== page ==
State Should Target Insurance Lawyers’ ‘Special Bounty’

Published March 8, 2011

Even if they enjoy the seemingly endless variety of cutesy television commercials advertising it, few Floridians really like paying the quarterly auto insurance bills that will soon show up in their mailboxes. At about $1,200 a year, Florida drivers pay more than people anywhere else in the Southeast.

If they want to ease the pain of paying for auto insurance, Florida’s lawmakers should investigate ways to crack down on excessive lawyers’ fees and fraud associated with an important auto insurance feature called personal injury protection (PIP).

Although PIP is a decent idea, it’s not working well in Florida.

In most states, whenever two cars get into an accident, the motorists, their insurers and (if necessary) courts determine who caused it. Once this is done, the “at fault” party’s insurance company pays damages to the person harmed.

In Florida and eight other states, however, drivers must carry insurance (at least $10,000 worth here) that lets them make claims against their own insurers for a portion of their injury-related medical bills regardless of who’s at fault.

Typically, injured Floridians can’t sue other motorists unless there are very large medical bills or evidence of gross negligence. Theoretically, the PIP system thus has advantages — injured drivers can get some benefits paid quickly even when another driver has no insurance, and with fewer court costs, insurers can spend more on benefits.

Florida’s version of PIP, however, doesn’t succeed in keeping legal costs down. The main problem is a “multiplier” given to attorneys who win PIP cases. Lawyers get paid 250 percent of ordinary fees when they take PIP cases and win. This type of fee award, originally created to encourage lawyers to take on civil rights cases, was never intended to apply to ordinary disputes between insurers and their customers.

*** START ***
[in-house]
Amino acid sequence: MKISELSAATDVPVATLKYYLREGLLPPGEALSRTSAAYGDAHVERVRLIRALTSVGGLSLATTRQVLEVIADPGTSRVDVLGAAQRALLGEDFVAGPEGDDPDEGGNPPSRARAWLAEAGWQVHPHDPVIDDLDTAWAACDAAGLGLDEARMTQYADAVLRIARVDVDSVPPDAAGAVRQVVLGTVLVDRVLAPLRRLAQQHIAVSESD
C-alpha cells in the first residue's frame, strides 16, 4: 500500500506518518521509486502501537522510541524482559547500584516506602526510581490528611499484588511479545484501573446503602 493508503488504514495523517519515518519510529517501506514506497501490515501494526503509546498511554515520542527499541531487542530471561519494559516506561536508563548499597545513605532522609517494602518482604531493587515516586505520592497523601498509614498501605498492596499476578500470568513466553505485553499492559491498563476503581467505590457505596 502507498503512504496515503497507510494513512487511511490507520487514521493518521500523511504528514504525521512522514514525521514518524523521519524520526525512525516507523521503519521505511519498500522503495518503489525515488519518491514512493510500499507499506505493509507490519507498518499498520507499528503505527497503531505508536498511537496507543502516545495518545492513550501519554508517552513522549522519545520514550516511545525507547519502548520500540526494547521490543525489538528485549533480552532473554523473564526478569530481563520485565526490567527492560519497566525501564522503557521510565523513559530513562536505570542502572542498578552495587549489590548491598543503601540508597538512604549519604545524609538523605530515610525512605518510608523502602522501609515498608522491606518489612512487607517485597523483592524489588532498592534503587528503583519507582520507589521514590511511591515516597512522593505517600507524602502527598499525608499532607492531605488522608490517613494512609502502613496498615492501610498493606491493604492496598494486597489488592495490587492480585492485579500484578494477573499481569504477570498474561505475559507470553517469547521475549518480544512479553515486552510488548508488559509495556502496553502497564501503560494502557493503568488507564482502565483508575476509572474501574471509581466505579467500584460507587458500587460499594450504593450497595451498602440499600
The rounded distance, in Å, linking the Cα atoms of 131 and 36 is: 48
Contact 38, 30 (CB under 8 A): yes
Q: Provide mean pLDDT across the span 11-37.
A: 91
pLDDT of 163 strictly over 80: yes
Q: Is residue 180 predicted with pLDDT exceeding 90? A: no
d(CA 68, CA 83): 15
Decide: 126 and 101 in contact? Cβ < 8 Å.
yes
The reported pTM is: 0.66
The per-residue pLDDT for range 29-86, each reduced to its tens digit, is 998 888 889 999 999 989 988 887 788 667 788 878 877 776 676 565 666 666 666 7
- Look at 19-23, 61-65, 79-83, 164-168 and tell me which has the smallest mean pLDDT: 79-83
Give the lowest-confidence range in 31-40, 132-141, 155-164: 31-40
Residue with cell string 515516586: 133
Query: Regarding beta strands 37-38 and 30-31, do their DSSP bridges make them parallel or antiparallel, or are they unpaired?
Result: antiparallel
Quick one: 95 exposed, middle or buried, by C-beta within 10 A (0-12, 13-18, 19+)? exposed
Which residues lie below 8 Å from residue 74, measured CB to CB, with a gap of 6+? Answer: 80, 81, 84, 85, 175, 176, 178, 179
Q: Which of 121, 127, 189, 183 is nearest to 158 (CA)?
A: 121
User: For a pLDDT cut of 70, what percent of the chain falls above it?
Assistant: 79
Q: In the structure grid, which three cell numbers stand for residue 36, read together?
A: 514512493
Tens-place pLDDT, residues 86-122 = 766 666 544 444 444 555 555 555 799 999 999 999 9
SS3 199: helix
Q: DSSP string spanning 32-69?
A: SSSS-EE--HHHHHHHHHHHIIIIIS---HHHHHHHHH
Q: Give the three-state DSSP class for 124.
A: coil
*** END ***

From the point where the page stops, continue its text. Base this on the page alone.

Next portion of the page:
Even when insurance companies act unfairly, there’s no reason to think there’s a special need to ensure that customers can find legal representation. Florida certainly has enough personal injury lawyers, and when they take PIP cases they shouldn’t get paid more than lawyers who do other types of work.

In addition, the state evidently has a high incidence of outright fraud. Even though traffic safety has increased by most measures — fewer fatal accidents, among other things — the number of claims made under PIP increased 46.2 percent between the second quarter of 2008 and the third quarter of 2010 alone. Auto-insurance investigators counted almost 1,500 suspect claims in Florida. Storefront clinics — one of which billed for seven visits by somebody who was in prison and never visited the clinic in question — account for a large portion of this fraud.

To combat this tidal wave of fraud, Florida needs more investigators, tougher penalties and stronger laws. No amount of law enforcement will stop every criminal, but given the extreme nature of Florida’s problem, it makes sense to try harder to enforce existing laws and crack down on dishonest medical professionals, lawyers and others who drive up insurance rates for everyone.

The system underlying PIP will never be perfect. Some auto-related cases surely belong in court, and whatever laws get passed, some fraud will occur. In the long term, Florida may want to look for ways to make PIP coverage optional for people who have health insurance that covers the same things.

But for now at least, the Legislature would do well to consider some serious reforms to the state’s PIP system, such as removing the special bounty for lawyers.

Eli Lehrer ([email protected]) is vice president of Washington, D.C., operations for The Heartland Institute and director of its Center on Finance, Insurance and Real Estate.